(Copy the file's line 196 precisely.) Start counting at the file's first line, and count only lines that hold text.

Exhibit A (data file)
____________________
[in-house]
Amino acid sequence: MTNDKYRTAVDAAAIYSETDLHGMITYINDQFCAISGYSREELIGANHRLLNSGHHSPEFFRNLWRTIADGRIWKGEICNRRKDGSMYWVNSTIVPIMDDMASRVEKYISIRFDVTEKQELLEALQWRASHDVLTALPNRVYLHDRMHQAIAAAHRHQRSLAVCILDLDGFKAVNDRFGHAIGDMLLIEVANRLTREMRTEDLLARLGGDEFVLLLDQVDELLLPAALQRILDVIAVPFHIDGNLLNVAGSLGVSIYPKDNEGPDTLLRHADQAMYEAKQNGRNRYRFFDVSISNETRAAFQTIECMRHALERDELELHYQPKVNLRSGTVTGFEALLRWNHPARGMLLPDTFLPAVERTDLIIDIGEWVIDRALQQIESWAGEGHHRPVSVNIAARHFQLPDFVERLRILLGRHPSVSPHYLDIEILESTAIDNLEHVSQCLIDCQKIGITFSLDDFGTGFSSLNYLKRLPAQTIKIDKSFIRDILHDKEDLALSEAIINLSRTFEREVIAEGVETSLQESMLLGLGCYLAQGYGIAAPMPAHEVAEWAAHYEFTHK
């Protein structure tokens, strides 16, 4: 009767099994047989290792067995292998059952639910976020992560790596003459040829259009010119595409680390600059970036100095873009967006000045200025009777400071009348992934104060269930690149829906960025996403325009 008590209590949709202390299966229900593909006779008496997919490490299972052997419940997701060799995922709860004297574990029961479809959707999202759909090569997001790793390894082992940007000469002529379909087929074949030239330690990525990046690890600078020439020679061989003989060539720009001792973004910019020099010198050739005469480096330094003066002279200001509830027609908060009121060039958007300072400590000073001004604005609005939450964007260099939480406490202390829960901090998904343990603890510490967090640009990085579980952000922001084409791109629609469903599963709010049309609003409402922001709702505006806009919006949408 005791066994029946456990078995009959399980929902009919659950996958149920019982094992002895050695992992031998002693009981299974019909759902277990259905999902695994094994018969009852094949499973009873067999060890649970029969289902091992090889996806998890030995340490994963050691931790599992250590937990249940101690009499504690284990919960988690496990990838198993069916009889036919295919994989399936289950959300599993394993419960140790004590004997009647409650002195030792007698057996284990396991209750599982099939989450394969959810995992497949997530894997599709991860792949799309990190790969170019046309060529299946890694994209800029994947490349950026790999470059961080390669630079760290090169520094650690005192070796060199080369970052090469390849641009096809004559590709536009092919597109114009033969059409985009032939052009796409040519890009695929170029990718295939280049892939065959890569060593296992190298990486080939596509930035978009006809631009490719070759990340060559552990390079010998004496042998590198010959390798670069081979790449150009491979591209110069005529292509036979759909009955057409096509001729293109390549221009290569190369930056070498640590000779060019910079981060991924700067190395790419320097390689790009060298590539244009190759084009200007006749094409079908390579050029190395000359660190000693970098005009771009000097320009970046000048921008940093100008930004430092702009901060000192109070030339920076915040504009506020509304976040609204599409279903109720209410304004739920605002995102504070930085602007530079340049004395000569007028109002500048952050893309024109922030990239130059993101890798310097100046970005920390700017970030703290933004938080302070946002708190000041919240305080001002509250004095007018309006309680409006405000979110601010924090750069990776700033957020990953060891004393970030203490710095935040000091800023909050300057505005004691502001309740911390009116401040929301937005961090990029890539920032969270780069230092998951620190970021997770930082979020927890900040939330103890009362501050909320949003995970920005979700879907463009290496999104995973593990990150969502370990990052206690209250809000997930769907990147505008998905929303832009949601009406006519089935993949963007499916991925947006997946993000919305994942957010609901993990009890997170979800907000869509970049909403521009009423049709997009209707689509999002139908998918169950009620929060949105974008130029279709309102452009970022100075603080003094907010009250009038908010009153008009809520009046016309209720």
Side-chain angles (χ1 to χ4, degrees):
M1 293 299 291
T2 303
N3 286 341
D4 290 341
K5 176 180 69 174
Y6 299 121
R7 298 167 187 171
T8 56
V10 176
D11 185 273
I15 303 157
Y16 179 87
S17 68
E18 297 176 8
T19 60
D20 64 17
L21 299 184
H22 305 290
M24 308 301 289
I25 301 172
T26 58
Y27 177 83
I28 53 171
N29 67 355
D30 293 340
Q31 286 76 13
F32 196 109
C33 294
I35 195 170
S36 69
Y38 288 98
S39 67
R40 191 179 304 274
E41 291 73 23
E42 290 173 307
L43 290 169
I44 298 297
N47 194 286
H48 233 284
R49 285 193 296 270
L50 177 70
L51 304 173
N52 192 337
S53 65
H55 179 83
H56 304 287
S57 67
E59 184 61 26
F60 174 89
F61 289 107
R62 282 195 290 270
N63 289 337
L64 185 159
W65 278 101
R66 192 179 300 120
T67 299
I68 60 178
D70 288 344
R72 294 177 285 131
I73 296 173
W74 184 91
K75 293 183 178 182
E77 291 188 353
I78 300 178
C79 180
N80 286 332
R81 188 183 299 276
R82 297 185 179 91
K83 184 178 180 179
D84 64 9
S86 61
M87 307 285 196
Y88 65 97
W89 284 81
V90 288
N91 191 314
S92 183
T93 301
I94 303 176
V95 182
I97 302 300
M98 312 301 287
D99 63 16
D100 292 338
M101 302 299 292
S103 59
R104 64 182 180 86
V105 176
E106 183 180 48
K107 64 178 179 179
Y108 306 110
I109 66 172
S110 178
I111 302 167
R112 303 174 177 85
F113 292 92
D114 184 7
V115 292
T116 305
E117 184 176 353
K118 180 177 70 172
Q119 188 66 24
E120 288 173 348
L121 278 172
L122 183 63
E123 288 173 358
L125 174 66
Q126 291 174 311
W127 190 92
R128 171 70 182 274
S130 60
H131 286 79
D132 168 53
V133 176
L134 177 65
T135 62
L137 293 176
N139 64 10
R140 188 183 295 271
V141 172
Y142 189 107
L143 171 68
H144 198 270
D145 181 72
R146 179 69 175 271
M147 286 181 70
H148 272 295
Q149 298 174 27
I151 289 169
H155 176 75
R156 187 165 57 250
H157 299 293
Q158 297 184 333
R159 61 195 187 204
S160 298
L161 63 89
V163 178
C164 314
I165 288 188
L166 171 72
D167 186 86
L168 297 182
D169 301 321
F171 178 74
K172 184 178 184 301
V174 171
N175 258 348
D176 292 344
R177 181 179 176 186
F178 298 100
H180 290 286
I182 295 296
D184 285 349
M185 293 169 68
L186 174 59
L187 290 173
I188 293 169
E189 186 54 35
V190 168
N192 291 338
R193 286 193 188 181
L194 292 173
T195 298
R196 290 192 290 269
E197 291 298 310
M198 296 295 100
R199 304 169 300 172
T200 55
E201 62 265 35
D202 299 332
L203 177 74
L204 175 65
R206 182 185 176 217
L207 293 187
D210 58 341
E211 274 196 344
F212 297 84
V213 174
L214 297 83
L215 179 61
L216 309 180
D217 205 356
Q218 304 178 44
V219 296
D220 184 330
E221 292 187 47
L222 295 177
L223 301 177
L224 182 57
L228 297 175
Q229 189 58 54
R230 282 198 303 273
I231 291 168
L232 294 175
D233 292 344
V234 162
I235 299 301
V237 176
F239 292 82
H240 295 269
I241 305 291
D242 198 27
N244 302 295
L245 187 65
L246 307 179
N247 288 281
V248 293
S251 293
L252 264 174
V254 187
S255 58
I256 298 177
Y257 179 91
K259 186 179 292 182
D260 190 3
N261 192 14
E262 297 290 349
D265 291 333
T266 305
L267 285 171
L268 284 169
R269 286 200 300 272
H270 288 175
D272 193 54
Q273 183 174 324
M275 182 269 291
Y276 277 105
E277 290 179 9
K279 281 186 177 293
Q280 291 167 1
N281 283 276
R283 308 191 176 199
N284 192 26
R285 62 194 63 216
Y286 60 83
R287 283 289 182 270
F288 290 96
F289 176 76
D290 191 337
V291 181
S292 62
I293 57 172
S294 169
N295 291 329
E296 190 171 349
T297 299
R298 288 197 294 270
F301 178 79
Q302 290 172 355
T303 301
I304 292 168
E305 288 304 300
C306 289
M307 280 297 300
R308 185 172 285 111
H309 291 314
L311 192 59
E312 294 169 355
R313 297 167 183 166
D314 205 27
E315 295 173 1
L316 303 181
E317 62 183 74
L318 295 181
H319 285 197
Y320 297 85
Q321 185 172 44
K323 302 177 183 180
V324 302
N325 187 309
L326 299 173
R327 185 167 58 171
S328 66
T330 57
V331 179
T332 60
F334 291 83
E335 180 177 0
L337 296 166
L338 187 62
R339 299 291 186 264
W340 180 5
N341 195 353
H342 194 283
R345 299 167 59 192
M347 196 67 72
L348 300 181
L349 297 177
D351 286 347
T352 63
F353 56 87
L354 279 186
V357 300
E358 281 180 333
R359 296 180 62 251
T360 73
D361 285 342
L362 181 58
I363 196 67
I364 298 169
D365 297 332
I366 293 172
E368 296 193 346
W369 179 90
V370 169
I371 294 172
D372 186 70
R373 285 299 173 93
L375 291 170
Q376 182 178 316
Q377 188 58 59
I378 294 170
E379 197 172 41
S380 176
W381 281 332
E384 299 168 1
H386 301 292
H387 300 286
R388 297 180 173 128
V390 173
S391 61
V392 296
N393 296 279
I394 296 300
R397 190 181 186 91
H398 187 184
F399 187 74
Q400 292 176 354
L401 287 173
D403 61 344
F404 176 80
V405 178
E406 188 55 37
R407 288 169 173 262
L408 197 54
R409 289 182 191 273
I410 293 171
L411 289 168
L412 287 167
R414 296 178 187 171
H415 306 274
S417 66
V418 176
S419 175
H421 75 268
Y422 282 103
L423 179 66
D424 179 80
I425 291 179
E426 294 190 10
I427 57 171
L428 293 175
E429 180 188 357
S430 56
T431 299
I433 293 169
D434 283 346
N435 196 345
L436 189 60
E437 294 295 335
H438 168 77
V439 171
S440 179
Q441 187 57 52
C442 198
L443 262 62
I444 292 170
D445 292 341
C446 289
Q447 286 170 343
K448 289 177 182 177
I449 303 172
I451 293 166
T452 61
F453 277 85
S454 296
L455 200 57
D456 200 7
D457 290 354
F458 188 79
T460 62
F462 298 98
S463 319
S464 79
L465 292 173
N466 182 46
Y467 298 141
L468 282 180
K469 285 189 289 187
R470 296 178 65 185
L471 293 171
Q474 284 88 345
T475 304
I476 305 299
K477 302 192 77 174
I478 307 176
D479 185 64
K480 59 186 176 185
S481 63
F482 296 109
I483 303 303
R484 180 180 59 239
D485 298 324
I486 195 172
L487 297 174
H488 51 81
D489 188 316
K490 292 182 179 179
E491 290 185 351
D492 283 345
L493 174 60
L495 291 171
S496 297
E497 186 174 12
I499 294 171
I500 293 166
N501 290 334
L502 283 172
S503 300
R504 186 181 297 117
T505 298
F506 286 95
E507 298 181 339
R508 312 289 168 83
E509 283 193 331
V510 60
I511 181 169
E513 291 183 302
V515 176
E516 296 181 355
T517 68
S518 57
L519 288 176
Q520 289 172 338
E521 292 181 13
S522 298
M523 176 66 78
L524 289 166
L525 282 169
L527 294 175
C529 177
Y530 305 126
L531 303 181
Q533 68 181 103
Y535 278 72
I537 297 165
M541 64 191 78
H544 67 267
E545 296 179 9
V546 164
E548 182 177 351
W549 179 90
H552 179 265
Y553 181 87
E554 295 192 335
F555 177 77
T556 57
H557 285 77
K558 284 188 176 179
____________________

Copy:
R230 282 198 303 273